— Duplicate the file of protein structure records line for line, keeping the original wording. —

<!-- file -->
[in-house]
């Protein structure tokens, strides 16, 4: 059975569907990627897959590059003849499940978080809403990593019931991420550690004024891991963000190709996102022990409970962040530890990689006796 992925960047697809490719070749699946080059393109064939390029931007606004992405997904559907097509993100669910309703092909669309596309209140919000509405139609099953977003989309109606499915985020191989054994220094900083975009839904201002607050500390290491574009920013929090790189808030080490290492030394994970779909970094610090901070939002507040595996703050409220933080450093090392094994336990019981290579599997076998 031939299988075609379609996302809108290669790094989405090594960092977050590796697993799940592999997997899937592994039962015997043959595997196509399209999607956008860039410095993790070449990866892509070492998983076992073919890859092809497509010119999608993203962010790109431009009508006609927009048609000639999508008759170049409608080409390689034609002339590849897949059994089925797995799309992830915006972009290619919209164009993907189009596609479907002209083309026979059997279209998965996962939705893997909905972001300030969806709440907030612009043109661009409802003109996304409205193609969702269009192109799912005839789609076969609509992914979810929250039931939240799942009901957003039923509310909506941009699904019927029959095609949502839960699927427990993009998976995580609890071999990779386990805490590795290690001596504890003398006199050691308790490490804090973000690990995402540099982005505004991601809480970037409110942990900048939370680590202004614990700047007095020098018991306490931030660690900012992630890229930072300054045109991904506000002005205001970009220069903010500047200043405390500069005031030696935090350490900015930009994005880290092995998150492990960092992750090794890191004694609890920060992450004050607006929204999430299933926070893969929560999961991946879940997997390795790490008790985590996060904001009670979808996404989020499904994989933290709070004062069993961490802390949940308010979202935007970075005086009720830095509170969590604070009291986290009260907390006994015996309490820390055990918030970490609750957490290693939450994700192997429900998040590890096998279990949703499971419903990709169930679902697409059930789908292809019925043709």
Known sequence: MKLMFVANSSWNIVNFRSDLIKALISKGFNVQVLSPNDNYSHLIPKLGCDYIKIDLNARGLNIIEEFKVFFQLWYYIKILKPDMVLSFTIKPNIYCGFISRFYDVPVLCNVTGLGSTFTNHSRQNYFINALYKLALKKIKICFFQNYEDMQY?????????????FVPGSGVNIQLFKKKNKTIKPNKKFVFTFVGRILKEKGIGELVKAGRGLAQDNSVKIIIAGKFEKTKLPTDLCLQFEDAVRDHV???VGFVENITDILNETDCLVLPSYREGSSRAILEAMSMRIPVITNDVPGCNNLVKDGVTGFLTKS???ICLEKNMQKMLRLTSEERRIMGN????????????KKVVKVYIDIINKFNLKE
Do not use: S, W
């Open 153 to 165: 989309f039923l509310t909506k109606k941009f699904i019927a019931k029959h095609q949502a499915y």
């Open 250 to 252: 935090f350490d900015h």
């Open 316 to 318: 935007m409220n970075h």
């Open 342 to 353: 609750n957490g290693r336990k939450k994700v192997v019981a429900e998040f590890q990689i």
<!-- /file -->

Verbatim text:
[in-house]
């Protein structure tokens, strides 16, 4: 059975569907990627897959590059003849499940978080809403990593019931991420550690004024891991963000190709996102022990409970962040530890990689006796 992925960047697809490719070749699946080059393109064939390029931007606004992405997904559907097509993100669910309703092909669309596309209140919000509405139609099953977003989309109606499915985020191989054994220094900083975009839904201002607050500390290491574009920013929090790189808030080490290492030394994970779909970094610090901070939002507040595996703050409220933080450093090392094994336990019981290579599997076998 031939299988075609379609996302809108290669790094989405090594960092977050590796697993799940592999997997899937592994039962015997043959595997196509399209999607956008860039410095993790070449990866892509070492998983076992073919890859092809497509010119999608993203962010790109431009009508006609927009048609000639999508008759170049409608080409390689034609002339590849897949059994089925797995799309992830915006972009290619919209164009993907189009596609479907002209083309026979059997279209998965996962939705893997909905972001300030969806709440907030612009043109661009409802003109996304409205193609969702269009192109799912005839789609076969609509992914979810929250039931939240799942009901957003039923509310909506941009699904019927029959095609949502839960699927427990993009998976995580609890071999990779386990805490590795290690001596504890003398006199050691308790490490804090973000690990995402540099982005505004991601809480970037409110942990900048939370680590202004614990700047007095020098018991306490931030660690900012992630890229930072300054045109991904506000002005205001970009220069903010500047200043405390500069005031030696935090350490900015930009994005880290092995998150492990960092992750090794890191004694609890920060992450004050607006929204999430299933926070893969929560999961991946879940997997390795790490008790985590996060904001009670979808996404989020499904994989933290709070004062069993961490802390949940308010979202935007970075005086009720830095509170969590604070009291986290009260907390006994015996309490820390055990918030970490609750957490290693939450994700192997429900998040590890096998279990949703499971419903990709169930679902697409059930789908292809019925043709």
Known sequence: MKLMFVANSSWNIVNFRSDLIKALISKGFNVQVLSPNDNYSHLIPKLGCDYIKIDLNARGLNIIEEFKVFFQLWYYIKILKPDMVLSFTIKPNIYCGFISRFYDVPVLCNVTGLGSTFTNHSRQNYFINALYKLALKKIKICFFQNYEDMQY?????????????FVPGSGVNIQLFKKKNKTIKPNKKFVFTFVGRILKEKGIGELVKAGRGLAQDNSVKIIIAGKFEKTKLPTDLCLQFEDAVRDHV???VGFVENITDILNETDCLVLPSYREGSSRAILEAMSMRIPVITNDVPGCNNLVKDGVTGFLTKS???ICLEKNMQKMLRLTSEERRIMGN????????????KKVVKVYIDIINKFNLKE
Do not use: S, W
């Open 153 to 165: 989309f039923l509310t909506k109606k941009f699904i019927a019931k029959h095609q949502a499915y």
């Open 250 to 252: 935090f350490d900015h």
């Open 316 to 318: 935007m409220n970075h």
């Open 342 to 353: 609750n957490g290693r336990k939450k994700v192997v019981a429900e998040f590890q990689i």